Immunity to Temptation - 'Power' in Chinese Language

    Research output: Chapter in Book/Report/Conference proceedingChapter

    Abstract

    While Plato is concerned with limiting the excesses of power, Laozi, at least in the understanding of the Han commentator, defines the preconditions for absolute power as immunity to temptation. Laozi’s formula became a central idea of kingly rule within Legalist thought, the philosophy embraced by the emperor Qin Shi Huang, founder of the Qin dynasty in 221 BCE. The evolution of ideas and language around the notion of ‘power’ that led to today’s most common term for power, quanli 权力 (權力 in traditional characters) is remarkable: and not only for the continuity between Laozi’s ancient idea of absolute power and the political agenda of Xi Jinping.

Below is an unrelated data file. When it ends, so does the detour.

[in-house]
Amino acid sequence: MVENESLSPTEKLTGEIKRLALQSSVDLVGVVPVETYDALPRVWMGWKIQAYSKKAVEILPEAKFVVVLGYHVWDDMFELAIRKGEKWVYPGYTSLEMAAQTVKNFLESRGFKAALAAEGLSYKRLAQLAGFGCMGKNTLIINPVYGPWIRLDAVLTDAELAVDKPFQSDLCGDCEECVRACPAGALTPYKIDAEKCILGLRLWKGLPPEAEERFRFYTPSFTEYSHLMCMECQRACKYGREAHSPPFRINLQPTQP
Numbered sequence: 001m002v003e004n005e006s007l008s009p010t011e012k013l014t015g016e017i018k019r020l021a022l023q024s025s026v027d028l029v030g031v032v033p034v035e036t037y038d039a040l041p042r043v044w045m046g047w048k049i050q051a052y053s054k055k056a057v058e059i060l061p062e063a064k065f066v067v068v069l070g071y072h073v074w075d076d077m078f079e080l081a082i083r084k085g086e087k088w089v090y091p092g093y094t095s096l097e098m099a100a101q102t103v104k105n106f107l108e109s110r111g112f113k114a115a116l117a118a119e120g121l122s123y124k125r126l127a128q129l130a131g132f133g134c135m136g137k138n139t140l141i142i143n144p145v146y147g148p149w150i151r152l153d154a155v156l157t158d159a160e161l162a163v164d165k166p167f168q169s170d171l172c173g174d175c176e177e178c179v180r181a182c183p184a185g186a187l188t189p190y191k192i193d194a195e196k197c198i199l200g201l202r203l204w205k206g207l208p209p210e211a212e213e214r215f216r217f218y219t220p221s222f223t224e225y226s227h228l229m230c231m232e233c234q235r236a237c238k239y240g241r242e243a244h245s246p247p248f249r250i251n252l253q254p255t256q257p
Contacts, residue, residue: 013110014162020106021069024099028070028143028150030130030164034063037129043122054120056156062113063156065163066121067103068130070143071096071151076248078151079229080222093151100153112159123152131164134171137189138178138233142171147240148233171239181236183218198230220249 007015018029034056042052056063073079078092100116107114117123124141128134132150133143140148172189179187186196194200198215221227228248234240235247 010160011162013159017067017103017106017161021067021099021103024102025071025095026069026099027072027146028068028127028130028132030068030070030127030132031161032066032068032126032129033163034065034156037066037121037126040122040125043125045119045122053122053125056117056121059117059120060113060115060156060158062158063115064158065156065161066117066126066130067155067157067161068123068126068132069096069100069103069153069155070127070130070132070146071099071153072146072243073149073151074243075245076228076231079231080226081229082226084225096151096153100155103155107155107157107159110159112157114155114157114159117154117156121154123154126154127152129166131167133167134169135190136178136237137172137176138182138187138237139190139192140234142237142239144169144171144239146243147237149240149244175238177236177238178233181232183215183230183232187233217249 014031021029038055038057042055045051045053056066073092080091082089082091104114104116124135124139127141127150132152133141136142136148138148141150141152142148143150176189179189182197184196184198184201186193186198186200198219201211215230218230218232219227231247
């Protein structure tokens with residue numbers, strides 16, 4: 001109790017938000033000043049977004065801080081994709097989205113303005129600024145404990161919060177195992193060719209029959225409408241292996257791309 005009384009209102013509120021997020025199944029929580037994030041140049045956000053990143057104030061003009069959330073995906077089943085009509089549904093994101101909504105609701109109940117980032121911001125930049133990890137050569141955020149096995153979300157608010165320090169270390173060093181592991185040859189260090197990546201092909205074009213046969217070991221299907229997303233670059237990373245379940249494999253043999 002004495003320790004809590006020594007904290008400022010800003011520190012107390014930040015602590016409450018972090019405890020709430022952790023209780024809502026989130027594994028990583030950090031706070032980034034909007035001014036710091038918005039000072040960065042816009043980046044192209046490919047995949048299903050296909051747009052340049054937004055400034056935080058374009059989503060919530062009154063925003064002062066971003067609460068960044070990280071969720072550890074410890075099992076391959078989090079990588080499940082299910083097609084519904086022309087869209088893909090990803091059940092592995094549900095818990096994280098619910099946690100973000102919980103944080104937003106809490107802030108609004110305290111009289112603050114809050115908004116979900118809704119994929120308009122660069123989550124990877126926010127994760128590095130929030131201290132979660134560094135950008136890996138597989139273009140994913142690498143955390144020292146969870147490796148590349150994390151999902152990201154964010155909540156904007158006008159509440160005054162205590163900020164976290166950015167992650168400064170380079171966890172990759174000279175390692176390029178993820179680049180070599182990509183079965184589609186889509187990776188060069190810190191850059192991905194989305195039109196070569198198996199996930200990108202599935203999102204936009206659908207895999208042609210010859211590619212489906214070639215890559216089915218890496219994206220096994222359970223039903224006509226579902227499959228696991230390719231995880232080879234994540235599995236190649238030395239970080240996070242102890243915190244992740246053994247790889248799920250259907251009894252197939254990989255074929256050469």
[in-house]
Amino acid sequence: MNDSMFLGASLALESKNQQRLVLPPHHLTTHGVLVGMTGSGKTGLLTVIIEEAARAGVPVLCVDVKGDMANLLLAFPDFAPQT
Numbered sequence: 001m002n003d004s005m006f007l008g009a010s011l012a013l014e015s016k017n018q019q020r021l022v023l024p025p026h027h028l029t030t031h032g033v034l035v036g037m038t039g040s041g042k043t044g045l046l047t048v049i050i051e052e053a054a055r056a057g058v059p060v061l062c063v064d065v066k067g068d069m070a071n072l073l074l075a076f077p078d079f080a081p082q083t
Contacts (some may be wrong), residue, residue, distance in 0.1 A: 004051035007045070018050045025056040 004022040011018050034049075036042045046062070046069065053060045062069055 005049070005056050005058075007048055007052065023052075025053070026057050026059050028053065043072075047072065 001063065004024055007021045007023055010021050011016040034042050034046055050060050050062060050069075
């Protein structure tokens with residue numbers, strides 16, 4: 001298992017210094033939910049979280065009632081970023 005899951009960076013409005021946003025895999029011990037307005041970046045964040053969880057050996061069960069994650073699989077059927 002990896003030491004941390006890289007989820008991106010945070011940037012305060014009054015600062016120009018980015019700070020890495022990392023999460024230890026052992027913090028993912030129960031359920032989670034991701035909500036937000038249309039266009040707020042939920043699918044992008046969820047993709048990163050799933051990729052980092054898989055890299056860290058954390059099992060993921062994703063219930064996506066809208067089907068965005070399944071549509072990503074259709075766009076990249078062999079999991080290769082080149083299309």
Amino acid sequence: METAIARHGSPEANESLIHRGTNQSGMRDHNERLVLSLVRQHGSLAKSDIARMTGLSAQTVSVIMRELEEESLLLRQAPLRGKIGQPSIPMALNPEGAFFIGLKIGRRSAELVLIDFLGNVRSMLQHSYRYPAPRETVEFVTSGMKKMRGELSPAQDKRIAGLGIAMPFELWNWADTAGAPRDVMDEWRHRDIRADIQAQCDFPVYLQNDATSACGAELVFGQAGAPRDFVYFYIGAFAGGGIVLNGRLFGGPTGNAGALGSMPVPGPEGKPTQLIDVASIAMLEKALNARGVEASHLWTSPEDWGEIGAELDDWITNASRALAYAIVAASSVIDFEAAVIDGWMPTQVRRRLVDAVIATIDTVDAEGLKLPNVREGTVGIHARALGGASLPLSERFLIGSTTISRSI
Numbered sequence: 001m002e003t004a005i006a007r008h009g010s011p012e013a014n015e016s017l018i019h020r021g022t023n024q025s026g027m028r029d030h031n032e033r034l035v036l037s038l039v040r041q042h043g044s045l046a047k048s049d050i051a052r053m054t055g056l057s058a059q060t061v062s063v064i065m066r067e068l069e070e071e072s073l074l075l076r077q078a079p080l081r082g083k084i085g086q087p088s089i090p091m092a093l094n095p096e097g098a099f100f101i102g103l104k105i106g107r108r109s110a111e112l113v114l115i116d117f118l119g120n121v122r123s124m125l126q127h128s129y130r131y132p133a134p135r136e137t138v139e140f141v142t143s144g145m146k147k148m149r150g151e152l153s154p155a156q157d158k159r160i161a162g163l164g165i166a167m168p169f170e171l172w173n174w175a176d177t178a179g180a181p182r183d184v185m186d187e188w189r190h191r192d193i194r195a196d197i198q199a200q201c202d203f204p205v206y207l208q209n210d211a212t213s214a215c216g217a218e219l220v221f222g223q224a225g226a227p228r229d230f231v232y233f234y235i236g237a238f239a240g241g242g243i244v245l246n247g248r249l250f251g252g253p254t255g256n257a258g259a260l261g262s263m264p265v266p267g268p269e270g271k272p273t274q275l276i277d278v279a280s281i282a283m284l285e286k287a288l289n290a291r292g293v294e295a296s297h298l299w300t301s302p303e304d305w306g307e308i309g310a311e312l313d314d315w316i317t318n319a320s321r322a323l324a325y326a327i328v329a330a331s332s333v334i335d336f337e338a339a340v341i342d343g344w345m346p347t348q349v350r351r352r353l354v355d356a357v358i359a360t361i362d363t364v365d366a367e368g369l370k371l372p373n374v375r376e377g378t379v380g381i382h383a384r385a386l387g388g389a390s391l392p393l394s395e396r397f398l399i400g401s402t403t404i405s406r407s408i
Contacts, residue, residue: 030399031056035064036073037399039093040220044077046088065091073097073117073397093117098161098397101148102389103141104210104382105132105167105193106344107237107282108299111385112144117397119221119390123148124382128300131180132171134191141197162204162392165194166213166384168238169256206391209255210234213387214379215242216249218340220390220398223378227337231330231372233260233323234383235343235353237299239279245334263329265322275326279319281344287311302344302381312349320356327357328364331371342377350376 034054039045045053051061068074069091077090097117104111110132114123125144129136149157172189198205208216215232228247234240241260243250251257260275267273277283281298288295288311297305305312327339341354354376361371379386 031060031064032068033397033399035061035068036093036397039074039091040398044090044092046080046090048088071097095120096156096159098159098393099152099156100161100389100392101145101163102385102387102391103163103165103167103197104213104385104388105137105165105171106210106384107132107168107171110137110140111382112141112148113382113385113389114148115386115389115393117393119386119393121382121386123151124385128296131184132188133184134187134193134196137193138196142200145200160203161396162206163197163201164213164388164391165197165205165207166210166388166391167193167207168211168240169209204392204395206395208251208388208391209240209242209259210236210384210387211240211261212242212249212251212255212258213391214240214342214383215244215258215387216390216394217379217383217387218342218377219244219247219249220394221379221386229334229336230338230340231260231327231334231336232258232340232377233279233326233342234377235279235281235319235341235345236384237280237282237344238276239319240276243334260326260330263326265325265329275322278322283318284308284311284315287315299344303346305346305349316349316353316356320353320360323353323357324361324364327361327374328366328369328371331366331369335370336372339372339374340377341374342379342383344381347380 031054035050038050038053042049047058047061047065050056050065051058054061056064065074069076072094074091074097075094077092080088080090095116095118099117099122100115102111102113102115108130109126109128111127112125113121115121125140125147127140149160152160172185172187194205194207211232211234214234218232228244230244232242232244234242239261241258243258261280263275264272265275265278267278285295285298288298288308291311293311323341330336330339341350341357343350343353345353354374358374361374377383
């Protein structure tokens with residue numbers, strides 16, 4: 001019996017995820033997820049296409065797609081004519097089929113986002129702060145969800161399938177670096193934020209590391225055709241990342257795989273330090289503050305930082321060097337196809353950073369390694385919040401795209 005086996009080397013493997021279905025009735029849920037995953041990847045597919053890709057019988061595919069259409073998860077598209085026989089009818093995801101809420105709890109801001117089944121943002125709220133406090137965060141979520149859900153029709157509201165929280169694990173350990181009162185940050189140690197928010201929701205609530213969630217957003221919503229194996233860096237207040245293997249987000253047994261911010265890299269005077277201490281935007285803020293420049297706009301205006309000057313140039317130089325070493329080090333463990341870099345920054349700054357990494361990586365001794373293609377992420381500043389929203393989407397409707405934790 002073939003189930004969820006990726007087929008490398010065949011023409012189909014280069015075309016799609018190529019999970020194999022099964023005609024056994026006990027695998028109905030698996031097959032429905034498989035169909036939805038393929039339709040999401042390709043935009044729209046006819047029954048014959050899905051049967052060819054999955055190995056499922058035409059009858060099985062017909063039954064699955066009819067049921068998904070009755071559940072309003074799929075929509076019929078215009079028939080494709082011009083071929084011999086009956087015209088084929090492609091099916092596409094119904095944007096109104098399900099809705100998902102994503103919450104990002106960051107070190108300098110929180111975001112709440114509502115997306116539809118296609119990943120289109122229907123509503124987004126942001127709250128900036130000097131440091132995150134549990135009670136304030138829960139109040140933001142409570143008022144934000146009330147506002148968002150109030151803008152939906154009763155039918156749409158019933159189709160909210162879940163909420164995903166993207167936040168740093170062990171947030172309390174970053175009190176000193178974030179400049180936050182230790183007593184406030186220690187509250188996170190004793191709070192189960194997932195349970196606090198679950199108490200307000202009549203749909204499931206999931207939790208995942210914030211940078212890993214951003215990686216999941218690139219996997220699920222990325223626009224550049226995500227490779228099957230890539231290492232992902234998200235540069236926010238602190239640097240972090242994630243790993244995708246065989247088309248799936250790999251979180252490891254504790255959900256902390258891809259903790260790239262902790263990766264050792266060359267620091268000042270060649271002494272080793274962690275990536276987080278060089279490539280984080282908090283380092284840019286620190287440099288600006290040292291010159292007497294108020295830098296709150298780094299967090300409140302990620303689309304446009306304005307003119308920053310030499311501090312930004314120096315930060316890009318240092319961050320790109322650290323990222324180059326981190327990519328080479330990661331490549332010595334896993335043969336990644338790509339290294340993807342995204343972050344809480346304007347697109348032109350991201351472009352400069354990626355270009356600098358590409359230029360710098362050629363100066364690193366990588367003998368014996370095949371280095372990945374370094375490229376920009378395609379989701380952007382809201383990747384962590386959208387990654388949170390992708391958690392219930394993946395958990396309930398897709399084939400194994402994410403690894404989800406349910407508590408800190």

Original languageEnglish
    Title of host publicationChina Story Yearbook 2018: Power
    Editors J Golley, L Jaivin, P J Farrelly and S Strange
    Place of PublicationCanberra, Australia
    PublisherANU Press
    Pages16-24
    Edition1st
    ISBN (Print)9781760462802
    DOIs
    Publication statusPublished - 2019

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